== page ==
The Bishop of Mainz has defended the German Church’s “binding synodal way” against the criticisms – of cardinals and others – that the process could lead to splits in the national and universal Church.

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Earlier this week, Cologne Cardinal Rainer Woelki expressed doubts that the synodal path the German Church has been planning since March this year to examine issues arising out of the clergy sex abuse crisis.

Woelki said the synodal way slated to begin in December – essentially, a grassroots consultation process with laypeople and non-Church experts – could lead to “a German national Church”.

Layman Thomas Sternberg, president of the Central Committee of German Catholics (ZdK), poured cold water on Woelki’s concerns, and said “there has never been talk of treading a German special way as a national Church”.

Sternberg added that the synodal discussions on clerical celibacy, the Church’s teaching on sexual morality, clerical power and the role of women in the Church were necessary to stall the “unrest” among even the “most loyal” of the faithful, now impatient for reforms.


Key German layman defends “synodal process” from cardinal’s schism warnings

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Without mentioning Woelki or any other of the sceptics by name, Mainz Bishop Peter Kohlgraf agreed with Sternberg Saturday that talk of the Church’s future cannot be stopped.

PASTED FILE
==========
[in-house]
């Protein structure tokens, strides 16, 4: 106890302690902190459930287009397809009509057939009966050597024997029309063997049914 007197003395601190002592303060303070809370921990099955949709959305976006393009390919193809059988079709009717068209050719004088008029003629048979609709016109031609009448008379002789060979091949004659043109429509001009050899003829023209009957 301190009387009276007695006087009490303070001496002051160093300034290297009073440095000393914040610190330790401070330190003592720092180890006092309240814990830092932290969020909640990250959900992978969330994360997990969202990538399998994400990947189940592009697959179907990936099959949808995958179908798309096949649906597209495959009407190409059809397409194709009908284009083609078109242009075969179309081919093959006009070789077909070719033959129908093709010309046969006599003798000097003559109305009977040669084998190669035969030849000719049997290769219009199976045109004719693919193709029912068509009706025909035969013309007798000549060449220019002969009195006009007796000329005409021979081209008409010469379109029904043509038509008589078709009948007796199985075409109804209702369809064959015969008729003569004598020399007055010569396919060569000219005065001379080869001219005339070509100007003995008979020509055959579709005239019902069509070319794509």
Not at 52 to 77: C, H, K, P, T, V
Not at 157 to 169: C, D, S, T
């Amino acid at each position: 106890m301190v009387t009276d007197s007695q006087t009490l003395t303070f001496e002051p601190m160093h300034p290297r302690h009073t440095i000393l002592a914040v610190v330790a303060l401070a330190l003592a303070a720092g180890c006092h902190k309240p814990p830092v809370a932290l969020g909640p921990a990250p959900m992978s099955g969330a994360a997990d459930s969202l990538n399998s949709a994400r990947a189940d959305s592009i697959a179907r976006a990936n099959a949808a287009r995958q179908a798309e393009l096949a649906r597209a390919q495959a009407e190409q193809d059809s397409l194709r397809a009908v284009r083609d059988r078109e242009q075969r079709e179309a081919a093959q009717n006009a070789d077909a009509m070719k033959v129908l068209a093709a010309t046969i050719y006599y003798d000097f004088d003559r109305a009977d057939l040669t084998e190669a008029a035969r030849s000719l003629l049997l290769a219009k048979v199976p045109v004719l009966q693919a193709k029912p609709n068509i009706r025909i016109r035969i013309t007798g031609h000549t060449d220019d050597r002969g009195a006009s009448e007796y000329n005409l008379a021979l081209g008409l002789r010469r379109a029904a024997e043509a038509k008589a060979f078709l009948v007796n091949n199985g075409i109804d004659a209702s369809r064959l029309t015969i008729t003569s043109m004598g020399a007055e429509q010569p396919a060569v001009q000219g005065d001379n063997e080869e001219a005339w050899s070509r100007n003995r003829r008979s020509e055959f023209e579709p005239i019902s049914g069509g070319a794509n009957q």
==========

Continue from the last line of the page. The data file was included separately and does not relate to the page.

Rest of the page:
“That will not work any longer”, Kohlgraf said.

A German “special way” might not be a good idea, the bishop admitted, but neither is making the Church “a museum in which we want to keep beautiful memorabilia of the past, only to occasionally dust it off”.

The decision to set off on a synodal way “was not made for fun”, Kohlgraf recalled, but against the backdrop of the “serious crimes” of priests who abused children.

These crimes and their cover-ups – along with the abuse of power and the inability of the Church to perceive reality – mean the Church is “in need of cleansing” before being able to preach again to society, the bishop warned.

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PhD in ancient Jewish/Christian history and philosophy. University ethics lecturer with 4 years' experience in religion journalism.